Microdermabrasion

Microdermabrasion Introduction

Microdermabrasion is one of the most popular non-invasive cosmetic procedures performed today. Over time, factors such as aging, genetic factors, sun damage, acne, scarring, and enlarged pores can contribute to the formation of facial wrinkles and a rough skin texture on the face. Most commonly used to treat the face and neck, microderrmabrasion can successfully reduce the appearance of superficial wrinkles and scars, large pores, acne, and age spots, restoring a smoother, more youthful appearance.

Overview of the Skin

Before you learn how microdermabrasion can rejuvenate your skin, you need to understand what makes up your skin. Your skin consists of two layers known as the epidermis and the dermis. The epidermis, or outer layer of the skin, acts as the skin’s primary defense against the environment, and sustains the most damage from the sun. The effects of sun damage are what cause the skin to have a rough appearance. Beneath the epidermis lies the dermis, or innermost layer of the skin, which provides structure and support.

What Causes Skin Damage?

The dermis is comprised primarily of connective tissue, which is made mostly of collagen and elastin fibers. These fibers form a network that provides the skin with structure, support, and elasticity. Over time, the aging process and sun damage cause a decrease in the amount of collagen and elastin fibers. As this network of fibers breaks down, the skin loses its elasticity and becomes more lax. Together, aging, sun damage, and other factors contribute to wrinkle formation and other changes in appearance.

How Does Microdermabrasion Work?

During microdermabrasion, fine crystals usually remove the superficial or uppermost layer of the epidermis, known as the stratum corneum. Depending on the extent of skin damage, deeper treatment may be necessary; however, treatment rarely extends beyond the epidermis. As a result, microdermabrasion is not appropriate for the treatment of deeper wrinkles and scars, or extensive discoloration as these conditions likely extend into the dermis. In these instances chemical peels and laser resurfacing may achieve more desirable results. As microdermabrasion only causes superficial injury to the skin, the risk of scarring and pigmentation anomalies following microdermabrasion is extremely low, when compared with other resurfacing techniques. Therefore, microdermabrasion can be safely and effectively used on individuals of all skin types.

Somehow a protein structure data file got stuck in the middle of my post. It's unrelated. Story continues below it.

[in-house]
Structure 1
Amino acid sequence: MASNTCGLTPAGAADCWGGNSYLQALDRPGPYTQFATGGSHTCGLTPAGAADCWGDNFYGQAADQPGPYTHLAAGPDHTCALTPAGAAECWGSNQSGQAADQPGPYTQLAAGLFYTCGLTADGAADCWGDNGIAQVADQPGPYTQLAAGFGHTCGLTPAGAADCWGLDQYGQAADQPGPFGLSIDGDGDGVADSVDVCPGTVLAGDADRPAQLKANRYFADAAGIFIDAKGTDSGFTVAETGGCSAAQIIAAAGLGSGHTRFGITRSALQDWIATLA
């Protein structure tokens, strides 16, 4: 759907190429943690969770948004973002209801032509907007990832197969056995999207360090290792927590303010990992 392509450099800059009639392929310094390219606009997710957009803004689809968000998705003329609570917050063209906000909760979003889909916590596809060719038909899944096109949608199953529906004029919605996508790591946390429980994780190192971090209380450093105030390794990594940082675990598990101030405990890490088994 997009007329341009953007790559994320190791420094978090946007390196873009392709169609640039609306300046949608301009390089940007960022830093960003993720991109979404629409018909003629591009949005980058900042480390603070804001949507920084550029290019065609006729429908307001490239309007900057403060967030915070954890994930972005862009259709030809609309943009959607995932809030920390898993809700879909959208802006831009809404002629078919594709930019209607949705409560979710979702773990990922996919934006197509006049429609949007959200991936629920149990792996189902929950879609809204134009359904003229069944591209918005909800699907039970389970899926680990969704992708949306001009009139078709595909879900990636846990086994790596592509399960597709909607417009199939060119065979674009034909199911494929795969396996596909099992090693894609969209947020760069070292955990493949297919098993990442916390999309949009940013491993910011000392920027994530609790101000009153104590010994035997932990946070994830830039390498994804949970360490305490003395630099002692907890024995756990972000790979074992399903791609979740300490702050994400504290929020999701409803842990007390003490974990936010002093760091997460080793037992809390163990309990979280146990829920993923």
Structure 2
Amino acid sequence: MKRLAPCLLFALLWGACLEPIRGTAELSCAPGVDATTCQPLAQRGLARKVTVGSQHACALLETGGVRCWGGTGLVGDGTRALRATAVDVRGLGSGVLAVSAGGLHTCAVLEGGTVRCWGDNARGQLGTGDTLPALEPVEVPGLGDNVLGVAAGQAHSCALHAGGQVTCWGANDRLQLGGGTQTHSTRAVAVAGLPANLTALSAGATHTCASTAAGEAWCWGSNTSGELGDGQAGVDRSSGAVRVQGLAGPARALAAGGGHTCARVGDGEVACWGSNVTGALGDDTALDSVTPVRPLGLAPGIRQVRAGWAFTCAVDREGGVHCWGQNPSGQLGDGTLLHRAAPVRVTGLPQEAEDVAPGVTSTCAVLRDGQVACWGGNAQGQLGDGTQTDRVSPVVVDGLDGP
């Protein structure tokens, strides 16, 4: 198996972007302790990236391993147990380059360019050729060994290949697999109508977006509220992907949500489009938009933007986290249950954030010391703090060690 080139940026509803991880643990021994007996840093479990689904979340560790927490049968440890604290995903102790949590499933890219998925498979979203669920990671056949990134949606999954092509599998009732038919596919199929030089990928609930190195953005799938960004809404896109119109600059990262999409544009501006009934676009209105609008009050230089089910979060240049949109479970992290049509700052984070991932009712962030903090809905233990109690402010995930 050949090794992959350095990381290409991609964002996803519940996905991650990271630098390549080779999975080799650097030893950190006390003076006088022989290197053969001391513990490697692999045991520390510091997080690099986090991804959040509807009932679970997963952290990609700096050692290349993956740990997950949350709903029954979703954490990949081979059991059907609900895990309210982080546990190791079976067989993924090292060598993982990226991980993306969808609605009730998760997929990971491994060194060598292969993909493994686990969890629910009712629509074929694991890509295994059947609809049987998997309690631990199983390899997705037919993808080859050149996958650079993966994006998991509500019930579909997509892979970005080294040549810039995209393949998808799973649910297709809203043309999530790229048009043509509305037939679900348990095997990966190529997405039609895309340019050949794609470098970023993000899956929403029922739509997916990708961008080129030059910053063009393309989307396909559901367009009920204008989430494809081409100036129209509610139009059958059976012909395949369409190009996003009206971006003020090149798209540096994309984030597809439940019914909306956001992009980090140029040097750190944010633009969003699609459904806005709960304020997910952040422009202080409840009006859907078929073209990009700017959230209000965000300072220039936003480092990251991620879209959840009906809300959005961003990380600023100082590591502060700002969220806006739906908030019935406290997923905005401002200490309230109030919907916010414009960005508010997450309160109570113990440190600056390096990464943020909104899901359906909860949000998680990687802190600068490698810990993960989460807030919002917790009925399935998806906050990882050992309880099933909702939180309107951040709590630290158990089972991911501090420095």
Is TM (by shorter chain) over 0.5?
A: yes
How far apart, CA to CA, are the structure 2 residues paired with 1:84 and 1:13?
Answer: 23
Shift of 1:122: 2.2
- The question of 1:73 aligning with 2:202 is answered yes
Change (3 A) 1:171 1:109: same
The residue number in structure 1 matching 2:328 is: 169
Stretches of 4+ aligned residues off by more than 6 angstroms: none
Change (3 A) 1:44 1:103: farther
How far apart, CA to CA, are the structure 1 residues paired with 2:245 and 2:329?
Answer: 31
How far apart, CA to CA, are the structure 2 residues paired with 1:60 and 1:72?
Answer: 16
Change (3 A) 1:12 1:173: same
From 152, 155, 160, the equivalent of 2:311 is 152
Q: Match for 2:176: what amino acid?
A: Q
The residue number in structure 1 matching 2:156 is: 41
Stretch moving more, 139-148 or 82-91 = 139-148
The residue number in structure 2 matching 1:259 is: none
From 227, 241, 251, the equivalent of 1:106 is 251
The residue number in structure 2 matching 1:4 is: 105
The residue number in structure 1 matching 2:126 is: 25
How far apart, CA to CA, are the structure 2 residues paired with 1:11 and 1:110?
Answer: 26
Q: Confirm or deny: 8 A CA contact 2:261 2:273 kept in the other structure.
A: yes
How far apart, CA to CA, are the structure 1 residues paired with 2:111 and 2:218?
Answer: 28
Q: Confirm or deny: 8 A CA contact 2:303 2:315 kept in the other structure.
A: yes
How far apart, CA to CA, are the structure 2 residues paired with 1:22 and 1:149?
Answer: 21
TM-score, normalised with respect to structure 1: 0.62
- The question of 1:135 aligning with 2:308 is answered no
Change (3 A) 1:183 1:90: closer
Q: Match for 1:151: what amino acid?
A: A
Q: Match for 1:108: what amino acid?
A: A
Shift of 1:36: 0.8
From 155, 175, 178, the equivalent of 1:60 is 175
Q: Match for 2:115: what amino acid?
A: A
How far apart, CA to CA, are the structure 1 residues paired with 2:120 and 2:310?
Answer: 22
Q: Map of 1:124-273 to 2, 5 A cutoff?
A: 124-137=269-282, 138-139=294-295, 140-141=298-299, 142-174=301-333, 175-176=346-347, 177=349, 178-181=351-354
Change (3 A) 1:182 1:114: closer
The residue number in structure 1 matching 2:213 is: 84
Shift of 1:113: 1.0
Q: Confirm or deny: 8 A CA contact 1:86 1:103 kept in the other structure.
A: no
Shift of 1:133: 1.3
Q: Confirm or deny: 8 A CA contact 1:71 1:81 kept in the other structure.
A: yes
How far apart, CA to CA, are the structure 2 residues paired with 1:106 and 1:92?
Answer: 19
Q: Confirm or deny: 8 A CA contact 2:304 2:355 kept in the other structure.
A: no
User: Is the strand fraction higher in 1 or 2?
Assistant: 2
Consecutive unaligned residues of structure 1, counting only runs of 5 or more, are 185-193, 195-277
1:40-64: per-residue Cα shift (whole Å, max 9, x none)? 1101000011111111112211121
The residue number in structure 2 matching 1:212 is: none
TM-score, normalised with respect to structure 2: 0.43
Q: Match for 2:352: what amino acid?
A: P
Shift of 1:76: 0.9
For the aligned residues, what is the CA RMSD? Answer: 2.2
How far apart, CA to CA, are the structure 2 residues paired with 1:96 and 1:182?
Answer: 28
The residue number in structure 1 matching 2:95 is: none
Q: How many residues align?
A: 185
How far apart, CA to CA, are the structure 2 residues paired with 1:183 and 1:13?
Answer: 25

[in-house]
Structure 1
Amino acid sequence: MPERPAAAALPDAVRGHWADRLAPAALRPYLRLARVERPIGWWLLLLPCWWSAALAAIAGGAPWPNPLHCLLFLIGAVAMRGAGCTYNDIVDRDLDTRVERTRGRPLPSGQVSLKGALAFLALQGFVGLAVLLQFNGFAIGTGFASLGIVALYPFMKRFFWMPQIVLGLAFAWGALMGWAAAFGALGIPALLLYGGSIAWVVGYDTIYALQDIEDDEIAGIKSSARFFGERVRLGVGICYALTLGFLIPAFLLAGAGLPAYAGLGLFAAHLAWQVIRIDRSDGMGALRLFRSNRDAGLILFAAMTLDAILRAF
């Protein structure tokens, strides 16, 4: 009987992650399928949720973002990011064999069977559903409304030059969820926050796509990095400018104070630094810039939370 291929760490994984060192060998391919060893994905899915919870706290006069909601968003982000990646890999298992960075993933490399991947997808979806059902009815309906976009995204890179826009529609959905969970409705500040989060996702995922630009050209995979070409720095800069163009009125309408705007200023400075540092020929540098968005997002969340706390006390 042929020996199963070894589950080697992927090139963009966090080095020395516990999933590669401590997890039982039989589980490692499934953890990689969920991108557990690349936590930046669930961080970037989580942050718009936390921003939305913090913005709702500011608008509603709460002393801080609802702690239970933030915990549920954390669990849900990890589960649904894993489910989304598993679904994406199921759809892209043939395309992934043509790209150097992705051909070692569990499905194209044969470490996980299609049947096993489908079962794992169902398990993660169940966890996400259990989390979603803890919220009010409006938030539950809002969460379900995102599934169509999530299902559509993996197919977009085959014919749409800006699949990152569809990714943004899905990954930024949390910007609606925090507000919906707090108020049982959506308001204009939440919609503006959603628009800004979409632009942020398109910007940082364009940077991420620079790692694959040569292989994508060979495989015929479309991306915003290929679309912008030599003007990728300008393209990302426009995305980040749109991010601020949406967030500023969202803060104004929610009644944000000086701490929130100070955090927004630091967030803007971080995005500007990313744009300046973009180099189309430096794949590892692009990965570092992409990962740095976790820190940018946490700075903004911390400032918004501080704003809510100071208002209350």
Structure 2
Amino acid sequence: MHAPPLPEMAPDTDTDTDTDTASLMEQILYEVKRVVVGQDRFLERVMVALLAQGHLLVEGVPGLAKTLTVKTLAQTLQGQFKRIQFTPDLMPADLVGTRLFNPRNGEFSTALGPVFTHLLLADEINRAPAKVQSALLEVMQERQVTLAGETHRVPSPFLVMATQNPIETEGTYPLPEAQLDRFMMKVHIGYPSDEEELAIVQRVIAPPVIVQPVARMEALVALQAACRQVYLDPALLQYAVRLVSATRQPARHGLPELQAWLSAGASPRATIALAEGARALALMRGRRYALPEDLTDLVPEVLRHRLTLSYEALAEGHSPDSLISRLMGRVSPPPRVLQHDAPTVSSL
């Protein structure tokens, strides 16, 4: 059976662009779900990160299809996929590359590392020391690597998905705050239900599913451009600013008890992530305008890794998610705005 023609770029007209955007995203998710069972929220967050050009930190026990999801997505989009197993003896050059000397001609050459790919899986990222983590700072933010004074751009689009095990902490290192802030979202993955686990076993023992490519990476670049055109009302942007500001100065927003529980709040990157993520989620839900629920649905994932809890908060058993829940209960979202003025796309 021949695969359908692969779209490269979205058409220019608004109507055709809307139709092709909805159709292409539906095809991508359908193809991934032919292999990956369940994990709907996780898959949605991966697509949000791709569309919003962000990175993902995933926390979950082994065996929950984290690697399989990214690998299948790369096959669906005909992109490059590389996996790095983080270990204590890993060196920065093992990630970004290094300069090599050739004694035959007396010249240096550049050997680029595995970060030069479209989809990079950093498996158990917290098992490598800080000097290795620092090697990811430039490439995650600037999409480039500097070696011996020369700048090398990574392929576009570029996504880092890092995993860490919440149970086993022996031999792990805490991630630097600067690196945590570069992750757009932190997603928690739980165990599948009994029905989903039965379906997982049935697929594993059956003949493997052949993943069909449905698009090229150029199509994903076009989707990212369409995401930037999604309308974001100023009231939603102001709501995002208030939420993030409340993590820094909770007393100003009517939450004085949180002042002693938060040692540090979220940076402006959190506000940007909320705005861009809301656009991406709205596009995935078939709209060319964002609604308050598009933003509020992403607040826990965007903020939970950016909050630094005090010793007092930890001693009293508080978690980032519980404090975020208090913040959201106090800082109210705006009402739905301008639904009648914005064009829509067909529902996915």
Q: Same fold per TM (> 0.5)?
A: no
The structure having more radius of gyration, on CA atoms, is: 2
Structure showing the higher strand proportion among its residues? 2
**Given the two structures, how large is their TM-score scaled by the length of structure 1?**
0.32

Procedure Preparation

A microdermabrasion procedure may last approximately thirty to forty-five minutes. Unlike certain chemical peels and laser resurfacing, the procedure is relatively painless; therefore anesthesia is not typically required. Prior to your procedure, your physician may recommend that you treat your skin with products containing alphahydroxy acid or retinoic acid, among others, which may increase the effects and longevity of your treatment. Before the treatment, your face will be thoroughly cleansed, usually using an alcohol-based cleanser. Your physician may also provide you with goggles to protect your eyes during the procedure.

Microdermabrasion Procedure–Part I

During the procedure, the physician uses a device which emits pressurized crystals onto the surface of the skin. Using single strokes, the physician will guide the device over the treatment area to remove damaged skin layers.

Microdermabrasion Procedure–Part II

The hand piece releases fine, pressurized crystals, which much like sandblasting exfoliate the stratum corneum, or the skin’s outermost layer. In areas with more damage, the physician may increase the amount of pressure exerted by the device or the number of passes made in the area. This will cause the treatment, or amount of injury, to extend deeper into the skin. A vacuum sucks the used crystals and exfoliated skin particles back into the device, so that they can be removed and discarded.

Microdermabrasion Recovery

Following your microdermabrasion procedure, you may experience some redness for the first few hours, but you will be able to return to your normal routine immediately after your treatment. Your physician may apply a cream or ointment to the treatment areas to keep them moist as they heal. It is important that you continue to use these products as directed by your physician, as your skin may continue to exfoliate following the procedure. Your skin may appear as if you have a minor sunburn for two to three days and will be more sensitive to sunlight. Therefore, it is important that you use sunscreen with SPF 15 or greater as your skin heals.

Microdermabrasion Results

As the new skin cells are revealed, your skin will have an improved texture and overall appearance. It is important to realize that in order to maintain the results from a microdermabrasion procedure, you will likely have to undergo approximately five to ten treatments, depending on the severity of skin damage. Initially, you may receive treatments every one to two weeks. However, over time the frequency of treatment may decrease to once a month, and later to twice a year. Although multiple treatments are required, microdermabrasion is a simple, fast, effective method of reducing superficial skin damage to restore a refreshed and youthful appearance.